With cap rates at levels warranting a red flag, the lesson is not to stay out of the water, but to look before leaping. Many of the deals done since the Great Recession benefitted from cap rate compression, making virtually every exit profitable. Yet reliance upon expectations of future investor sentiment to drive returns is not advisable, and hoping that cap rates drop further does not seem to us a prudent strategy or justification for making a particular investment.
Our approach in this time of lofty valuations is actually the same as it is in a rising market. First, we focus on reasonable projections of NOI growth over a holding period long enough to smooth out short-term gyrations resulting from economic weakness or rising interest rates. In so doing, we look for opportunities to add value through improved management, physical upgrades and more effective marketing. Likewise, we make conservative projections of our cap rate upon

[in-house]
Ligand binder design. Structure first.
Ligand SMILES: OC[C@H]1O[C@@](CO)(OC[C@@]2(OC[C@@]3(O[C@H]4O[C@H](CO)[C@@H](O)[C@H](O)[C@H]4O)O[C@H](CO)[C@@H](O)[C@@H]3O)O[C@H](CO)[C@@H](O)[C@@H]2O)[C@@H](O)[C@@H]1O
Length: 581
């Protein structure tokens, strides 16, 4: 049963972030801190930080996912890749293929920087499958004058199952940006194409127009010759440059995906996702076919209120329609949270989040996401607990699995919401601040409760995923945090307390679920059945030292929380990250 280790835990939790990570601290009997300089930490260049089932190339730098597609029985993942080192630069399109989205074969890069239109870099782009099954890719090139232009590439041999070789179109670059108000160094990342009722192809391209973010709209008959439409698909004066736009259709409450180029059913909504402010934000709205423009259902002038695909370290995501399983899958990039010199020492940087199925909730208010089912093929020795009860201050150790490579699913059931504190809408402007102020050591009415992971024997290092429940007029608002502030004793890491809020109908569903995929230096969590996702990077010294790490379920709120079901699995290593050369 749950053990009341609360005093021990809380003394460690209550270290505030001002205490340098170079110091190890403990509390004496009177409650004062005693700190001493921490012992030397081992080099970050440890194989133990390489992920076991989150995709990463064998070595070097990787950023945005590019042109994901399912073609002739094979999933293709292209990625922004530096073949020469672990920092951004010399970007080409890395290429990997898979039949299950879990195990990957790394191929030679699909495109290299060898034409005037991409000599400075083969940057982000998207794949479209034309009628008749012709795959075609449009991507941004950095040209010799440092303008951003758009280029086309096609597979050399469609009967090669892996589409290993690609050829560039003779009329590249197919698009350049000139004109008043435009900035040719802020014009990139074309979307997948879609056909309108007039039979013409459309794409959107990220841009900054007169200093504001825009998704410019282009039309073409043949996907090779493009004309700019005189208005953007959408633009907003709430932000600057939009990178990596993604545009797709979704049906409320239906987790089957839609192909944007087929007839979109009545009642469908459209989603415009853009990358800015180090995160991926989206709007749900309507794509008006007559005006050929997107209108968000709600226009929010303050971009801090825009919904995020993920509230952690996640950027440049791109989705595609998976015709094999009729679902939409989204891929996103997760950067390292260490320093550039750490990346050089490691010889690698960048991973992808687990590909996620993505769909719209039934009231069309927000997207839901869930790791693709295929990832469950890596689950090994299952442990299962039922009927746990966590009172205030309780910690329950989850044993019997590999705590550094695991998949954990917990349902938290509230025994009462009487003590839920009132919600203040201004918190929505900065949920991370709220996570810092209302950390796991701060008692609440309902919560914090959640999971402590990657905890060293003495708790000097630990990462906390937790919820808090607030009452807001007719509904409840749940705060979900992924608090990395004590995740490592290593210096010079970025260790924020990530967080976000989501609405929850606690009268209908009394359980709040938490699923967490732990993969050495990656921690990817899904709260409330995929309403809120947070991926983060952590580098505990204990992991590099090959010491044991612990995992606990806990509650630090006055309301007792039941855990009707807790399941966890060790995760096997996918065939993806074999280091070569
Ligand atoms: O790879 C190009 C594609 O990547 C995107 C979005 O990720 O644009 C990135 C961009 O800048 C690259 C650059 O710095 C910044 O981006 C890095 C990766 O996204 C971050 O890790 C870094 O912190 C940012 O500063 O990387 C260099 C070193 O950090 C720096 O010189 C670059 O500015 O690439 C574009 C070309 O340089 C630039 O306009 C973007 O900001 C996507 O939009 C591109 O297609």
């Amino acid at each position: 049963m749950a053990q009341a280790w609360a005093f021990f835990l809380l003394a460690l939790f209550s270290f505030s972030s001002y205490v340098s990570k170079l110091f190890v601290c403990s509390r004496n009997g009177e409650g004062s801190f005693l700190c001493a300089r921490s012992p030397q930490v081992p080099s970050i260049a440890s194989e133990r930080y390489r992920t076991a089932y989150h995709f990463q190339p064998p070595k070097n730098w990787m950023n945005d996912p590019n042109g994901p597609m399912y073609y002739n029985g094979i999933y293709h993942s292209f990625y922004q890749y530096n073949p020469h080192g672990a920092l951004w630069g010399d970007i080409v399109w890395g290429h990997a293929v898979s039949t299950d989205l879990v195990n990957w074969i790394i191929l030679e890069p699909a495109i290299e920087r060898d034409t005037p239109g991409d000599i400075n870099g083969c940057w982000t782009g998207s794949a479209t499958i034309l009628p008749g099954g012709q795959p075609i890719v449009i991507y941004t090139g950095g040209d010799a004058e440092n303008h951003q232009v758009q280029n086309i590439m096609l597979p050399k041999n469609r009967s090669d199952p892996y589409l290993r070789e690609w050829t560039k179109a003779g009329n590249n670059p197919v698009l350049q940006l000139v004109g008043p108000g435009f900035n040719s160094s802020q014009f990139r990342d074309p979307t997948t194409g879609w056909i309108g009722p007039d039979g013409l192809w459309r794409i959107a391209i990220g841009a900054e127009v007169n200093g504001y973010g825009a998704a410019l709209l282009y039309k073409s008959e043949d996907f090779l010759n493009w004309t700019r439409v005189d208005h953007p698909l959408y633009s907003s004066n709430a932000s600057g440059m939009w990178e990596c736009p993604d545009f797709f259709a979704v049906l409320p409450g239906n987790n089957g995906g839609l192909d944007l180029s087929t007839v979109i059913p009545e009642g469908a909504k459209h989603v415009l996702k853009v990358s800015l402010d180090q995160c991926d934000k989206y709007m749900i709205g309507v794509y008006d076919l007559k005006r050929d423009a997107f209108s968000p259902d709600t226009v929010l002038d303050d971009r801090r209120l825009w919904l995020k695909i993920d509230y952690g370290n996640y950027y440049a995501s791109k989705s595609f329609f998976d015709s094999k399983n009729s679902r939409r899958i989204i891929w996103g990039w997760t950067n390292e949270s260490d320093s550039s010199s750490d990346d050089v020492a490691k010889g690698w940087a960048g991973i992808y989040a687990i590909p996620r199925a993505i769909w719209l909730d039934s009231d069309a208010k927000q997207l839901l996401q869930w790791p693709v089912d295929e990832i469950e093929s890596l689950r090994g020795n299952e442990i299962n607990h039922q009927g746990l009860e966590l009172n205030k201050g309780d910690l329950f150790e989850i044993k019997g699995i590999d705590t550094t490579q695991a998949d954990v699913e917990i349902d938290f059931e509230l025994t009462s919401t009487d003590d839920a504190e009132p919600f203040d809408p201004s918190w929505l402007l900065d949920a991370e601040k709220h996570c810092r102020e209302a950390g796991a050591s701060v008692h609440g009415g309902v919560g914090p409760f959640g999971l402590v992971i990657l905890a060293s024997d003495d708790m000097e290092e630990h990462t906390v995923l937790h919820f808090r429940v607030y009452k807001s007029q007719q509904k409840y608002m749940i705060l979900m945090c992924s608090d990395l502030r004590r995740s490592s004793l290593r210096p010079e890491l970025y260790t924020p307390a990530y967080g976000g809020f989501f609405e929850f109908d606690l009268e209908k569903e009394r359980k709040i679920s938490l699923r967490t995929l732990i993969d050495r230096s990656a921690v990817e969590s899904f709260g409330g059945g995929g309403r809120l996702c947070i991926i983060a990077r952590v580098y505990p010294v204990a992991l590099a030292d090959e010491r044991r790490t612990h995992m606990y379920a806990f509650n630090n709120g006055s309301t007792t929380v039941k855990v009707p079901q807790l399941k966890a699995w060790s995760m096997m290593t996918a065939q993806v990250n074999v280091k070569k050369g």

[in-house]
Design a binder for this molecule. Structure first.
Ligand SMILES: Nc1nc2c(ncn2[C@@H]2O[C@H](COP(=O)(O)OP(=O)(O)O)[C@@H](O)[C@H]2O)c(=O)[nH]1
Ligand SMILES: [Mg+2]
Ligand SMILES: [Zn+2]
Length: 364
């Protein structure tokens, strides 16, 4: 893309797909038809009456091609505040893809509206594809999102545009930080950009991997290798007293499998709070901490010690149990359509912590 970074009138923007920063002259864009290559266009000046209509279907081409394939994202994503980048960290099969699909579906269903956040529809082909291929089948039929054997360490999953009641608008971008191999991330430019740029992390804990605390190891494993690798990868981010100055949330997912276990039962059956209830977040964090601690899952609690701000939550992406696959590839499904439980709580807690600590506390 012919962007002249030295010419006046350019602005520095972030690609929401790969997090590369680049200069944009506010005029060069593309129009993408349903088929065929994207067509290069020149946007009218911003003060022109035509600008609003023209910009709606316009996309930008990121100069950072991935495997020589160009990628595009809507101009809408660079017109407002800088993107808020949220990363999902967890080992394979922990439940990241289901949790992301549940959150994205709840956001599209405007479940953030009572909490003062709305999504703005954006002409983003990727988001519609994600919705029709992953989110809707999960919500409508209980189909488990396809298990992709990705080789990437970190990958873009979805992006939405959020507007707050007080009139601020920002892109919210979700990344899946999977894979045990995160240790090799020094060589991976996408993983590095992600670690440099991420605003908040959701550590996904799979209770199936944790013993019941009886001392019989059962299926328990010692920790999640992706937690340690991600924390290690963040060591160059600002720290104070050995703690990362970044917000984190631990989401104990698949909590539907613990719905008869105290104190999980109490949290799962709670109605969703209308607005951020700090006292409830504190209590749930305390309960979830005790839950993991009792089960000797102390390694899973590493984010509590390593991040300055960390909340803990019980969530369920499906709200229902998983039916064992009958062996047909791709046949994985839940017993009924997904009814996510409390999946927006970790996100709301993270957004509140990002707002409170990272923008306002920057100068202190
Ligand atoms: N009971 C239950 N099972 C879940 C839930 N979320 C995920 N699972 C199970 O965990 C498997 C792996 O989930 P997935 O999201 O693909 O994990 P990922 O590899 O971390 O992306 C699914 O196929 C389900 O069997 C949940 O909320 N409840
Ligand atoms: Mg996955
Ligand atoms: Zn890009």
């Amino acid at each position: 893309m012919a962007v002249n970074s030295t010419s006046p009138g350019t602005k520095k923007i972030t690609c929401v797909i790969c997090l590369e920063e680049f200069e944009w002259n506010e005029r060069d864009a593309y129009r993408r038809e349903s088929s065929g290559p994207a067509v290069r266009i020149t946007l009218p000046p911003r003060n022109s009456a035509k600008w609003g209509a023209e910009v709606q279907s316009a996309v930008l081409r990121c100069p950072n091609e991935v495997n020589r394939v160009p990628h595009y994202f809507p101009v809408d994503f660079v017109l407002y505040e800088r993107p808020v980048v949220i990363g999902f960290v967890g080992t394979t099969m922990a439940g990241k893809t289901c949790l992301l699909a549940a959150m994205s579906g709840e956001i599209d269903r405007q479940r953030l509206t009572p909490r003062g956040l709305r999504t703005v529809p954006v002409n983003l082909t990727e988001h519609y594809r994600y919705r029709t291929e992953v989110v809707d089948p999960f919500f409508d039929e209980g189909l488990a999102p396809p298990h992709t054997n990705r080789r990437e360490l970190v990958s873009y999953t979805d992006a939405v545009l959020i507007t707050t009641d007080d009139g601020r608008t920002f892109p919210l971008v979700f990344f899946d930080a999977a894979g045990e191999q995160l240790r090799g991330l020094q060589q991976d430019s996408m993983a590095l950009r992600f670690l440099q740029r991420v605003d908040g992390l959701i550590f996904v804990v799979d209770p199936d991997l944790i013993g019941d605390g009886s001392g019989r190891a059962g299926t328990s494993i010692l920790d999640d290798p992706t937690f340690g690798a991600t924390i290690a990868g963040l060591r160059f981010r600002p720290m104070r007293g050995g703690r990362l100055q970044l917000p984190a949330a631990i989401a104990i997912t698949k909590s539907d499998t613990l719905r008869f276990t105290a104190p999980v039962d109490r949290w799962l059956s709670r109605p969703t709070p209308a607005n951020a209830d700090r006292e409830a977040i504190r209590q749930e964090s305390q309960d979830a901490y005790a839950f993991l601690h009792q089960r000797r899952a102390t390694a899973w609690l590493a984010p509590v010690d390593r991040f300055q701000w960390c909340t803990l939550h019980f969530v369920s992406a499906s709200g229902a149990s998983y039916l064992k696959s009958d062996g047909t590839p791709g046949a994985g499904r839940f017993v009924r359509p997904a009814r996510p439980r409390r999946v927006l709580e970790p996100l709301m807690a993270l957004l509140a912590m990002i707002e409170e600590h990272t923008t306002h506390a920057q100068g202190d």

sale, and use leverage judiciously (excessive debt can be a killer in periods of economic gyration). Finally, we have expanded our focus to include a niche sector, student housing, an asset class we find to be more economically resilient and available for purchase at higher cap rates.
Many investors are chasing yield in secondary markets, uncomfortable with the pricing in major ones. We tend to avoid labels like secondary or tertiary, preferring instead to focus on the fundamentals of particular markets. We have long
been comfortable buying outside core markets, preferring areas where we can find B properties that are affordable to those who may be priced out of central business districts. But we do not chase yield for the sake of doing so, and avoid areas that may offer higher cap rates simply because they lack the fundamentals of a better market.
We anticipate opportunities will present themselves in the near term as credit tightens and others are forced to sell due to the expiration of funds or inability to refinance. Through our practice of conservative underwriting and leverage, our ability to drive value through operational competencies, and our focus expanded to include student housing, we are not only sheltering ourselves from challenges ahead, but optimistic about the improved opportunities any change in climate will afford.